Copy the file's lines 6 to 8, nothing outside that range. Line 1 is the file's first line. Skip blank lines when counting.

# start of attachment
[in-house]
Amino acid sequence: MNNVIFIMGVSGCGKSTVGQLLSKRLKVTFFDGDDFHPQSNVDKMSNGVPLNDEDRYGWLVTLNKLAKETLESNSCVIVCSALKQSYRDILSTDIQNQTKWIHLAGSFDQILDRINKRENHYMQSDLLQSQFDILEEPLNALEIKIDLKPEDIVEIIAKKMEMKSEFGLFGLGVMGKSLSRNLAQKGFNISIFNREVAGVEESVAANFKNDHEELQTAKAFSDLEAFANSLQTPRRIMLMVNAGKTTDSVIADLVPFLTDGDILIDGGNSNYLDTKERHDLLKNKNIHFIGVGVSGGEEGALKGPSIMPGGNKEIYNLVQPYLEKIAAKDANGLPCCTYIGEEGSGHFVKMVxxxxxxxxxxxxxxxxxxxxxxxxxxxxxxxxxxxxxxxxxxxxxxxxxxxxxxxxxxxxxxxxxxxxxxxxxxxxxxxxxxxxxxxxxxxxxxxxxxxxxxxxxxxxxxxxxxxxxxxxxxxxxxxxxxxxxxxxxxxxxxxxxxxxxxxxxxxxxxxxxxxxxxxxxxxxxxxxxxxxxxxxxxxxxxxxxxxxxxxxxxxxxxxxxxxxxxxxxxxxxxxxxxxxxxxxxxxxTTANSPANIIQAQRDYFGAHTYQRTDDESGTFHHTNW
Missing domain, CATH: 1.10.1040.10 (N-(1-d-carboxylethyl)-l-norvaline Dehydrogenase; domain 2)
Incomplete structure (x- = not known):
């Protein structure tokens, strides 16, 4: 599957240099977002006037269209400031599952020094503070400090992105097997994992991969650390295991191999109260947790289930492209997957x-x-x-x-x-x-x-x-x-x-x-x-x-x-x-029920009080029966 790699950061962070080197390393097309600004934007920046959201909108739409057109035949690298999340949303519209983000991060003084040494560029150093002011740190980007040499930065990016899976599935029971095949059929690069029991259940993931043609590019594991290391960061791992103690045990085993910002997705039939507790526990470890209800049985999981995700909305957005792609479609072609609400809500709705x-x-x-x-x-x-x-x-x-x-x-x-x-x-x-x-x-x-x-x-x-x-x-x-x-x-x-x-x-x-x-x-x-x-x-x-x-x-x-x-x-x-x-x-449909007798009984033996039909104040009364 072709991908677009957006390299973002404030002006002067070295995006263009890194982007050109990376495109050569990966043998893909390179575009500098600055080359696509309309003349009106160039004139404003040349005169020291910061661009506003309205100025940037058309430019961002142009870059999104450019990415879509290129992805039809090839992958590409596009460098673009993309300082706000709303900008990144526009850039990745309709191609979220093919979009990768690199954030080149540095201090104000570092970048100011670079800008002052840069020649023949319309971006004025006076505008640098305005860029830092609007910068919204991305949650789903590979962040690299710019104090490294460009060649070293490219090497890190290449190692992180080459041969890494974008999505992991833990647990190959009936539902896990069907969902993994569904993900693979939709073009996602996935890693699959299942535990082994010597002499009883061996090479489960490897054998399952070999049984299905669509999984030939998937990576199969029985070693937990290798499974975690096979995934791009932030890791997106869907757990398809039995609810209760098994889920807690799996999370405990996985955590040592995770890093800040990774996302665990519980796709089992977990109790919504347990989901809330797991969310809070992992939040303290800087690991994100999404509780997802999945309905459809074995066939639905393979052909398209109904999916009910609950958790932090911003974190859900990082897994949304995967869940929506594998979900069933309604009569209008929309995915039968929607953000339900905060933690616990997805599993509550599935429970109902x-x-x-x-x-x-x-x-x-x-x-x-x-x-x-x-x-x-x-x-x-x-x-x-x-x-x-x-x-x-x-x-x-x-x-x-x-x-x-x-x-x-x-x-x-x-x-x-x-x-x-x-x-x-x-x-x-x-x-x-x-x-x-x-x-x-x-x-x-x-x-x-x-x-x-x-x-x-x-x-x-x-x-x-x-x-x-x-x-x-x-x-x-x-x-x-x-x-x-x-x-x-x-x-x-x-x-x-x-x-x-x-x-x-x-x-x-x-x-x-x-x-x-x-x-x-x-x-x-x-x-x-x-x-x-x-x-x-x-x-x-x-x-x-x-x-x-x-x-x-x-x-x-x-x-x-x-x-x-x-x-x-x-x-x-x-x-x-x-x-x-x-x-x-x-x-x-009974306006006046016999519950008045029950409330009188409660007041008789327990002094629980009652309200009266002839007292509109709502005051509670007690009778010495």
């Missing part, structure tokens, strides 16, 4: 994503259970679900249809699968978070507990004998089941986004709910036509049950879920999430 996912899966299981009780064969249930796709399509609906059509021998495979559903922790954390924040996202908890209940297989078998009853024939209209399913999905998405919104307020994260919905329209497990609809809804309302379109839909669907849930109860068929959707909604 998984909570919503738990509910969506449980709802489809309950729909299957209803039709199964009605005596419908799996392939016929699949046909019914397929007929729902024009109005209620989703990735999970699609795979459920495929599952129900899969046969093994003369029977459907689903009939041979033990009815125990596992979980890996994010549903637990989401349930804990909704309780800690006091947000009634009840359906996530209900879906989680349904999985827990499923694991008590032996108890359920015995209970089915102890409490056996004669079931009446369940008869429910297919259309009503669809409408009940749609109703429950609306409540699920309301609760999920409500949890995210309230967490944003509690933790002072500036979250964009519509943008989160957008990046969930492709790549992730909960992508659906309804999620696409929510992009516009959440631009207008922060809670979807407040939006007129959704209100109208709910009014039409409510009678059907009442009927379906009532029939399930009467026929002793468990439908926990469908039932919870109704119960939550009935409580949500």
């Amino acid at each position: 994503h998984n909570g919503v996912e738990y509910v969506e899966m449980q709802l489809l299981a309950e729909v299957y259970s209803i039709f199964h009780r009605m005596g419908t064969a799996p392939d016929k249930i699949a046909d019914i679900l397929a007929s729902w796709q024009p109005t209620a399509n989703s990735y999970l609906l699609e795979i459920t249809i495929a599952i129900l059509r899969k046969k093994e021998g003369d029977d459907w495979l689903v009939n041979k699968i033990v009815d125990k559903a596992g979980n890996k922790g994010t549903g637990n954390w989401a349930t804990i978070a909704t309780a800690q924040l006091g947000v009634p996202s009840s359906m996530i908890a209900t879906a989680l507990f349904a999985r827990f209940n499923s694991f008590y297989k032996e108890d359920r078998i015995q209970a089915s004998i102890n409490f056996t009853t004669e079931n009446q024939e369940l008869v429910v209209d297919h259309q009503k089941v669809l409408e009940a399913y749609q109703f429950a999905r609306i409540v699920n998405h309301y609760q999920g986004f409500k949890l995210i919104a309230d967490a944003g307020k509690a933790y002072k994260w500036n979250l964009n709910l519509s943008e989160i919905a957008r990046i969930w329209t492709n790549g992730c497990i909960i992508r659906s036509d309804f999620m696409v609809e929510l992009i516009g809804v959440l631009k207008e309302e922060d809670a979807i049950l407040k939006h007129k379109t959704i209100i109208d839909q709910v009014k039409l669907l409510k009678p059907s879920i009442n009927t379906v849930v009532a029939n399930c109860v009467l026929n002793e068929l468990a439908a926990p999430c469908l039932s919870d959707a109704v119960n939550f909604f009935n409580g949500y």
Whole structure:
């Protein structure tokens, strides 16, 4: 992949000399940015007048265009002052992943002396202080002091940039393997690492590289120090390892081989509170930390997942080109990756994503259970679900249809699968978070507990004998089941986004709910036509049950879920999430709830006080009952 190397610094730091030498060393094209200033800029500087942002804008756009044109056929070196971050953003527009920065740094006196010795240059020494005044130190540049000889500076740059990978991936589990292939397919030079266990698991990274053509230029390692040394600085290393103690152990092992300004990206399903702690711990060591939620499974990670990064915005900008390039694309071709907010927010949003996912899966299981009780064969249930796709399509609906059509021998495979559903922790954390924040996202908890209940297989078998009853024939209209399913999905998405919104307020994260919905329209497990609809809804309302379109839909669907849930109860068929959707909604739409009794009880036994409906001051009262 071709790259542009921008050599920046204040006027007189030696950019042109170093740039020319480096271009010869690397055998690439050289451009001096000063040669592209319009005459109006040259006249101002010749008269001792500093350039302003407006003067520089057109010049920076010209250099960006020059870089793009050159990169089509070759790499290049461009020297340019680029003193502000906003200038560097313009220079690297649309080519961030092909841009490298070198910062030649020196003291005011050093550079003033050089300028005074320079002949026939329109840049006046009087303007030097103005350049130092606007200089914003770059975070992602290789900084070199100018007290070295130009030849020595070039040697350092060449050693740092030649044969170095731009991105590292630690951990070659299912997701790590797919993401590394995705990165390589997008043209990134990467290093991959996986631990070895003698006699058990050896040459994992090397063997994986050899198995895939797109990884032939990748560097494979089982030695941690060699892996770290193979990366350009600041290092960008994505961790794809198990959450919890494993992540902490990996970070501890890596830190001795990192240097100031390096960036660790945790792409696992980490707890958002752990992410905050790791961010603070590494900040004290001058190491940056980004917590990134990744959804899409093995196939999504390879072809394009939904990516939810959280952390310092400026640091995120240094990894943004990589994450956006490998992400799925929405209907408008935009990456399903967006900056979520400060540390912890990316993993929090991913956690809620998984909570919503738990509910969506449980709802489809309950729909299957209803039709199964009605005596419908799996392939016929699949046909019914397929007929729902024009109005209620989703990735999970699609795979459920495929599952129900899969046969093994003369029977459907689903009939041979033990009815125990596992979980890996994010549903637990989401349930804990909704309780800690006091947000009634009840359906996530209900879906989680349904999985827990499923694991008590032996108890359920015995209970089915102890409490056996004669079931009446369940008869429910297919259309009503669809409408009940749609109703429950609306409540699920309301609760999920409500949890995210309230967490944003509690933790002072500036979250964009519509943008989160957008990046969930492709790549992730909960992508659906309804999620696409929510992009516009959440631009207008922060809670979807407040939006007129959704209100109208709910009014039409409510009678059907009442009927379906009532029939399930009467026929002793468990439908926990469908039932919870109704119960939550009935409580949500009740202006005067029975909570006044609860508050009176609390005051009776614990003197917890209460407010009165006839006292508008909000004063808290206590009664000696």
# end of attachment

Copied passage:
């Missing part, structure tokens, strides 16, 4: 994503259970679900249809699968978070507990004998089941986004709910036509049950879920999430 996912899966299981009780064969249930796709399509609906059509021998495979559903922790954390924040996202908890209940297989078998009853024939209209399913999905998405919104307020994260919905329209497990609809809804309302379109839909669907849930109860068929959707909604 998984909570919503738990509910969506449980709802489809309950729909299957209803039709199964009605005596419908799996392939016929699949046909019914397929007929729902024009109005209620989703990735999970699609795979459920495929599952129900899969046969093994003369029977459907689903009939041979033990009815125990596992979980890996994010549903637990989401349930804990909704309780800690006091947000009634009840359906996530209900879906989680349904999985827990499923694991008590032996108890359920015995209970089915102890409490056996004669079931009446369940008869429910297919259309009503669809409408009940749609109703429950609306409540699920309301609760999920409500949890995210309230967490944003509690933790002072500036979250964009519509943008989160957008990046969930492709790549992730909960992508659906309804999620696409929510992009516009959440631009207008922060809670979807407040939006007129959704209100109208709910009014039409409510009678059907009442009927379906009532029939399930009467026929002793468990439908926990469908039932919870109704119960939550009935409580949500």
């Amino acid at each position: 994503h998984n909570g919503v996912e738990y509910v969506e899966m449980q709802l489809l299981a309950e729909v299957y259970s209803i039709f199964h009780r009605m005596g419908t064969a799996p392939d016929k249930i699949a046909d019914i679900l397929a007929s729902w796709q024009p109005t209620a399509n989703s990735y999970l609906l699609e795979i459920t249809i495929a599952i129900l059509r899969k046969k093994e021998g003369d029977d459907w495979l689903v009939n041979k699968i033990v009815d125990k559903a596992g979980n890996k922790g994010t549903g637990n954390w989401a349930t804990i978070a909704t309780a800690q924040l006091g947000v009634p996202s009840s359906m996530i908890a209900t879906a989680l507990f349904a999985r827990f209940n499923s694991f008590y297989k032996e108890d359920r078998i015995q209970a089915s004998i102890n409490f056996t009853t004669e079931n009446q024939e369940l008869v429910v209209d297919h259309q009503k089941v669809l409408e009940a399913y749609q109703f429950a999905r609306i409540v699920n998405h309301y609760q999920g986004f409500k949890l995210i919104a309230d967490a944003g307020k509690a933790y002072k994260w500036n979250l964009n709910l519509s943008e989160i919905a957008r990046i969930w329209t492709n790549g992730c497990i909960i992508r659906s036509d309804f999620m696409v609809e929510l992009i516009g809804v959440l631009k207008e309302e922060d809670a979807i049950l407040k939006h007129k379109t959704i209100i109208d839909q709910v009014k039409l669907l409510k009678p059907s879920i009442n009927t379906v849930v009532a029939n399930c109860v009467l026929n002793e068929l468990a439908a926990p999430c469908l039932s919870d959707a109704v119960n939550f909604f009935n409580g949500y």
Whole structure: